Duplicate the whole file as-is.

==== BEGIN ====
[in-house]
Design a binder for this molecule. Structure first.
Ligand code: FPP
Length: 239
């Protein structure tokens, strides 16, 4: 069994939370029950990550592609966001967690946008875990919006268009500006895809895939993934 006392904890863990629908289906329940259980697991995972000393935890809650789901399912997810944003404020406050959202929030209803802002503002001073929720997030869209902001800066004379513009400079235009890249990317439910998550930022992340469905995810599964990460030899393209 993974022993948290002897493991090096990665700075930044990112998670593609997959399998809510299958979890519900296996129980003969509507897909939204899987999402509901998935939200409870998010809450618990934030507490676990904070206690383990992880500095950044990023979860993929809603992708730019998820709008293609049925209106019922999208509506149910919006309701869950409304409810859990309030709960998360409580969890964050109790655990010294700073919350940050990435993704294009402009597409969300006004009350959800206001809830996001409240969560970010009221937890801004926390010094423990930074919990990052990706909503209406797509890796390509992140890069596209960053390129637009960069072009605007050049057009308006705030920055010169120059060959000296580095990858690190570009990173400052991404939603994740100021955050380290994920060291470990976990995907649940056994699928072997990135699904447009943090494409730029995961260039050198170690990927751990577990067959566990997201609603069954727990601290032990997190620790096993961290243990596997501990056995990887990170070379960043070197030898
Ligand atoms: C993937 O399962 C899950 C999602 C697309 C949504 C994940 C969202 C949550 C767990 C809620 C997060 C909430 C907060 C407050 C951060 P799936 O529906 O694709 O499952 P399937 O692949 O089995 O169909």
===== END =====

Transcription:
[in-house]
Design a binder for this molecule. Structure first.
Ligand code: FPP
Length: 239
């Protein structure tokens, strides 16, 4: 069994939370029950990550592609966001967690946008875990919006268009500006895809895939993934 006392904890863990629908289906329940259980697991995972000393935890809650789901399912997810944003404020406050959202929030209803802002503002001073929720997030869209902001800066004379513009400079235009890249990317439910998550930022992340469905995810599964990460030899393209 993974022993948290002897493991090096990665700075930044990112998670593609997959399998809510299958979890519900296996129980003969509507897909939204899987999402509901998935939200409870998010809450618990934030507490676990904070206690383990992880500095950044990023979860993929809603992708730019998820709008293609049925209106019922999208509506149910919006309701869950409304409810859990309030709960998360409580969890964050109790655990010294700073919350940050990435993704294009402009597409969300006004009350959800206001809830996001409240969560970010009221937890801004926390010094423990930074919990990052990706909503209406797509890796390509992140890069596209960053390129637009960069072009605007050049057009308006705030920055010169120059060959000296580095990858690190570009990173400052991404939603994740100021955050380290994920060291470990976990995907649940056994699928072997990135699904447009943090494409730029995961260039050198170690990927751990577990067959566990997201609603069954727990601290032990997190620790096993961290243990596997501990056995990887990170070379960043070197030898
Ligand atoms: C993937 O399962 C899950 C999602 C697309 C949504 C994940 C969202 C949550 C767990 C809620 C997060 C909430 C907060 C407050 C951060 P799936 O529906 O694709 O499952 P399937 O692949 O089995 O169909």